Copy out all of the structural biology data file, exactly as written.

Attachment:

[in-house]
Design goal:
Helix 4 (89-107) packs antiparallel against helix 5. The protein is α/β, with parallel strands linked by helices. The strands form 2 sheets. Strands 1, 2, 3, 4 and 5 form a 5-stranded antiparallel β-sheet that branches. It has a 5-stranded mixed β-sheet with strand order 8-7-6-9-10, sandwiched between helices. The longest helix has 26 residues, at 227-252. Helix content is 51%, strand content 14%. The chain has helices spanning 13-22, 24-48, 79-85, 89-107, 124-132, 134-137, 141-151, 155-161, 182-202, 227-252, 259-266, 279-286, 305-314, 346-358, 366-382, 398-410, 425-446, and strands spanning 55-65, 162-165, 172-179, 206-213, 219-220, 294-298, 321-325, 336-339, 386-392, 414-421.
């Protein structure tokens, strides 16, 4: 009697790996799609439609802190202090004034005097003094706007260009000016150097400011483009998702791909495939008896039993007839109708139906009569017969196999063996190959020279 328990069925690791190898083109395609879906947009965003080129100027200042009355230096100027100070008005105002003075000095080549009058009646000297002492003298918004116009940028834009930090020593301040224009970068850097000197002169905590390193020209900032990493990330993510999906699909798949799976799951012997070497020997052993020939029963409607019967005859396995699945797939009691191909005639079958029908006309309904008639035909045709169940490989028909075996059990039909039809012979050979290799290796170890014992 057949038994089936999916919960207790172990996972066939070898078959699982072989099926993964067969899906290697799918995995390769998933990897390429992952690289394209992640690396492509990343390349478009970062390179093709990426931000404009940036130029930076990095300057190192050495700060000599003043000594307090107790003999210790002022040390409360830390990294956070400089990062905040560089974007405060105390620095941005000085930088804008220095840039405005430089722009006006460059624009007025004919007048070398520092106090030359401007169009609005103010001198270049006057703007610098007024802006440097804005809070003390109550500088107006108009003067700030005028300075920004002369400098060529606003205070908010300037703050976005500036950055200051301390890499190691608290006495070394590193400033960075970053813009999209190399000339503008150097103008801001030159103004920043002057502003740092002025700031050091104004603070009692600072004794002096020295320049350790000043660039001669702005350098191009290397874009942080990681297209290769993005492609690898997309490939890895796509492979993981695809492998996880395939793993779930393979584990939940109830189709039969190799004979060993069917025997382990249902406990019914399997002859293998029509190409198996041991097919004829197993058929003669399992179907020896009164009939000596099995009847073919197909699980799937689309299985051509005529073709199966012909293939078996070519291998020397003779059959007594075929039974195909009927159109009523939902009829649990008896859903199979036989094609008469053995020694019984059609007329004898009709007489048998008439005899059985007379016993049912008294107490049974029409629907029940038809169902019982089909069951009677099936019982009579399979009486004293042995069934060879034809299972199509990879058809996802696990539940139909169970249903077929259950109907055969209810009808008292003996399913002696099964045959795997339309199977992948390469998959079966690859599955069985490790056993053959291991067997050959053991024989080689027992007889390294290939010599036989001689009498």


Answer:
[in-house]
Design goal:
Helix 4 (89-107) packs antiparallel against helix 5. The protein is α/β, with parallel strands linked by helices. The strands form 2 sheets. Strands 1, 2, 3, 4 and 5 form a 5-stranded antiparallel β-sheet that branches. It has a 5-stranded mixed β-sheet with strand order 8-7-6-9-10, sandwiched between helices. The longest helix has 26 residues, at 227-252. Helix content is 51%, strand content 14%. The chain has helices spanning 13-22, 24-48, 79-85, 89-107, 124-132, 134-137, 141-151, 155-161, 182-202, 227-252, 259-266, 279-286, 305-314, 346-358, 366-382, 398-410, 425-446, and strands spanning 55-65, 162-165, 172-179, 206-213, 219-220, 294-298, 321-325, 336-339, 386-392, 414-421.
């Protein structure tokens, strides 16, 4: 009697790996799609439609802190202090004034005097003094706007260009000016150097400011483009998702791909495939008896039993007839109708139906009569017969196999063996190959020279 328990069925690791190898083109395609879906947009965003080129100027200042009355230096100027100070008005105002003075000095080549009058009646000297002492003298918004116009940028834009930090020593301040224009970068850097000197002169905590390193020209900032990493990330993510999906699909798949799976799951012997070497020997052993020939029963409607019967005859396995699945797939009691191909005639079958029908006309309904008639035909045709169940490989028909075996059990039909039809012979050979290799290796170890014992 057949038994089936999916919960207790172990996972066939070898078959699982072989099926993964067969899906290697799918995995390769998933990897390429992952690289394209992640690396492509990343390349478009970062390179093709990426931000404009940036130029930076990095300057190192050495700060000599003043000594307090107790003999210790002022040390409360830390990294956070400089990062905040560089974007405060105390620095941005000085930088804008220095840039405005430089722009006006460059624009007025004919007048070398520092106090030359401007169009609005103010001198270049006057703007610098007024802006440097804005809070003390109550500088107006108009003067700030005028300075920004002369400098060529606003205070908010300037703050976005500036950055200051301390890499190691608290006495070394590193400033960075970053813009999209190399000339503008150097103008801001030159103004920043002057502003740092002025700031050091104004603070009692600072004794002096020295320049350790000043660039001669702005350098191009290397874009942080990681297209290769993005492609690898997309490939890895796509492979993981695809492998996880395939793993779930393979584990939940109830189709039969190799004979060993069917025997382990249902406990019914399997002859293998029509190409198996041991097919004829197993058929003669399992179907020896009164009939000596099995009847073919197909699980799937689309299985051509005529073709199966012909293939078996070519291998020397003779059959007594075929039974195909009927159109009523939902009829649990008896859903199979036989094609008469053995020694019984059609007329004898009709007489048998008439005899059985007379016993049912008294107490049974029409629907029940038809169902019982089909069951009677099936019982009579399979009486004293042995069934060879034809299972199509990879058809996802696990539940139909169970249903077929259950109907055969209810009808008292003996399913002696099964045959795997339309199977992948390469998959079966690859599955069985490790056993053959291991067997050959053991024989080689027992007889390294290939010599036989001689009498």